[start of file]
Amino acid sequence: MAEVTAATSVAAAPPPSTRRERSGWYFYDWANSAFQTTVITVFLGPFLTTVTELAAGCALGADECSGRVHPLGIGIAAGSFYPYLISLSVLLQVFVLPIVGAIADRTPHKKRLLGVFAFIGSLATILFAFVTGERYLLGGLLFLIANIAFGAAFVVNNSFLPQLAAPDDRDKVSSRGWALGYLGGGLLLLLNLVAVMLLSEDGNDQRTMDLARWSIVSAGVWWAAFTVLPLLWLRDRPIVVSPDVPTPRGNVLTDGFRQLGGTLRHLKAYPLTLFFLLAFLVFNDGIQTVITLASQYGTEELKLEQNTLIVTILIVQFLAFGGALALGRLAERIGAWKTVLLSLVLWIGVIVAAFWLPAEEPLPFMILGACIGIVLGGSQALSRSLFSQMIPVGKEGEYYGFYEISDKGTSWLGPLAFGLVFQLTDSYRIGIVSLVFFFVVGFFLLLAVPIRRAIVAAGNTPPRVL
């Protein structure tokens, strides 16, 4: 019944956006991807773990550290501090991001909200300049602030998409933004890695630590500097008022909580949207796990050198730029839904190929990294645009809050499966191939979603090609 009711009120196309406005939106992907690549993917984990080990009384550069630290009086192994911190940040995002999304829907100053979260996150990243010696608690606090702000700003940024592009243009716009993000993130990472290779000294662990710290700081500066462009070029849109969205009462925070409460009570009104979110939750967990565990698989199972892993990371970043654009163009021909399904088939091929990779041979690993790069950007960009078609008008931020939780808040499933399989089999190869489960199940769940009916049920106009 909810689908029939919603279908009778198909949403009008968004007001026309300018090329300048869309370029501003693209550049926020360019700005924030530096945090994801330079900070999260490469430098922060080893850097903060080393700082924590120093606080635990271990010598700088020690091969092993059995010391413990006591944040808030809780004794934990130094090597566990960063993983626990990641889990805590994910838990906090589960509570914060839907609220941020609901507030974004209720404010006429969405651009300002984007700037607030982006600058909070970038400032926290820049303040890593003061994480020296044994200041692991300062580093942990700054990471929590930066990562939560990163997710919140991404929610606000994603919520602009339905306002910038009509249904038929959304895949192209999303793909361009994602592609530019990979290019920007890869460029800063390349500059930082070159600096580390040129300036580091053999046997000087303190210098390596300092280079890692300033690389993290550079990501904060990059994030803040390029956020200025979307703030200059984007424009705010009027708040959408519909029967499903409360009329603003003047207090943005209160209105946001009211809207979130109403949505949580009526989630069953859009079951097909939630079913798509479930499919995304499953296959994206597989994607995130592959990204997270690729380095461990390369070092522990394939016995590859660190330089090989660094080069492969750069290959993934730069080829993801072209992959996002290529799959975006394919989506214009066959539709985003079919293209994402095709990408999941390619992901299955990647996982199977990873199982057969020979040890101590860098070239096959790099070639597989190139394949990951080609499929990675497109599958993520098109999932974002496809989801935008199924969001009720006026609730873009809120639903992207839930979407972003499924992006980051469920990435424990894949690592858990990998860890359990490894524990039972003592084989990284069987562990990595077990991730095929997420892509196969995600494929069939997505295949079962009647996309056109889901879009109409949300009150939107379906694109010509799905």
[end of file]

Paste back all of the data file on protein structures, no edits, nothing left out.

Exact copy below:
Amino acid sequence: MAEVTAATSVAAAPPPSTRRERSGWYFYDWANSAFQTTVITVFLGPFLTTVTELAAGCALGADECSGRVHPLGIGIAAGSFYPYLISLSVLLQVFVLPIVGAIADRTPHKKRLLGVFAFIGSLATILFAFVTGERYLLGGLLFLIANIAFGAAFVVNNSFLPQLAAPDDRDKVSSRGWALGYLGGGLLLLLNLVAVMLLSEDGNDQRTMDLARWSIVSAGVWWAAFTVLPLLWLRDRPIVVSPDVPTPRGNVLTDGFRQLGGTLRHLKAYPLTLFFLLAFLVFNDGIQTVITLASQYGTEELKLEQNTLIVTILIVQFLAFGGALALGRLAERIGAWKTVLLSLVLWIGVIVAAFWLPAEEPLPFMILGACIGIVLGGSQALSRSLFSQMIPVGKEGEYYGFYEISDKGTSWLGPLAFGLVFQLTDSYRIGIVSLVFFFVVGFFLLLAVPIRRAIVAAGNTPPRVL
């Protein structure tokens, strides 16, 4: 019944956006991807773990550290501090991001909200300049602030998409933004890695630590500097008022909580949207796990050198730029839904190929990294645009809050499966191939979603090609 009711009120196309406005939106992907690549993917984990080990009384550069630290009086192994911190940040995002999304829907100053979260996150990243010696608690606090702000700003940024592009243009716009993000993130990472290779000294662990710290700081500066462009070029849109969205009462925070409460009570009104979110939750967990565990698989199972892993990371970043654009163009021909399904088939091929990779041979690993790069950007960009078609008008931020939780808040499933399989089999190869489960199940769940009916049920106009 909810689908029939919603279908009778198909949403009008968004007001026309300018090329300048869309370029501003693209550049926020360019700005924030530096945090994801330079900070999260490469430098922060080893850097903060080393700082924590120093606080635990271990010598700088020690091969092993059995010391413990006591944040808030809780004794934990130094090597566990960063993983626990990641889990805590994910838990906090589960509570914060839907609220941020609901507030974004209720404010006429969405651009300002984007700037607030982006600058909070970038400032926290820049303040890593003061994480020296044994200041692991300062580093942990700054990471929590930066990562939560990163997710919140991404929610606000994603919520602009339905306002910038009509249904038929959304895949192209999303793909361009994602592609530019990979290019920007890869460029800063390349500059930082070159600096580390040129300036580091053999046997000087303190210098390596300092280079890692300033690389993290550079990501904060990059994030803040390029956020200025979307703030200059984007424009705010009027708040959408519909029967499903409360009329603003003047207090943005209160209105946001009211809207979130109403949505949580009526989630069953859009079951097909939630079913798509479930499919995304499953296959994206597989994607995130592959990204997270690729380095461990390369070092522990394939016995590859660190330089090989660094080069492969750069290959993934730069080829993801072209992959996002290529799959975006394919989506214009066959539709985003079919293209994402095709990408999941390619992901299955990647996982199977990873199982057969020979040890101590860098070239096959790099070639597989190139394949990951080609499929990675497109599958993520098109999932974002496809989801935008199924969001009720006026609730873009809120639903992207839930979407972003499924992006980051469920990435424990894949690592858990990998860890359990490894524990039972003592084989990284069987562990990595077990991730095929997420892509196969995600494929069939997505295949079962009647996309056109889901879009109409949300009150939107379906694109010509799905």